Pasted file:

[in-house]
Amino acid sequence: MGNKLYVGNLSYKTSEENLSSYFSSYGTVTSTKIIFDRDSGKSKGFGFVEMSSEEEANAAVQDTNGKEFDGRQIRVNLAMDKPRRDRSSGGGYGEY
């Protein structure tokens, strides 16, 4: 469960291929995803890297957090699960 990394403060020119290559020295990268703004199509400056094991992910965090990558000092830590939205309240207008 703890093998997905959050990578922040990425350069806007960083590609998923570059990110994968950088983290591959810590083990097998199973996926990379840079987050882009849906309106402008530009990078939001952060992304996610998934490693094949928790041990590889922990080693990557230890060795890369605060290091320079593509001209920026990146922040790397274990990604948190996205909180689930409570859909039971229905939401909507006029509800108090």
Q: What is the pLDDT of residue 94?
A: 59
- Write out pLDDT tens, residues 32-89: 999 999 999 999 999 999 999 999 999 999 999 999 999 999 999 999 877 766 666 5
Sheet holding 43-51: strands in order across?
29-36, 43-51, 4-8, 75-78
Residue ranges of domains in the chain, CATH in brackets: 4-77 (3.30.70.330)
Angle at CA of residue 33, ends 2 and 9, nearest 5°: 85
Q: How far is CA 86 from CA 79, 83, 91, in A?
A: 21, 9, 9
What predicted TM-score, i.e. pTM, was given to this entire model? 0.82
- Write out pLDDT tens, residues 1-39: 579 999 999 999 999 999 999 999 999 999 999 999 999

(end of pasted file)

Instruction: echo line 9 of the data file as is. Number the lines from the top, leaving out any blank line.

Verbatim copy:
Residue ranges of domains in the chain, CATH in brackets: 4-77 (3.30.70.330)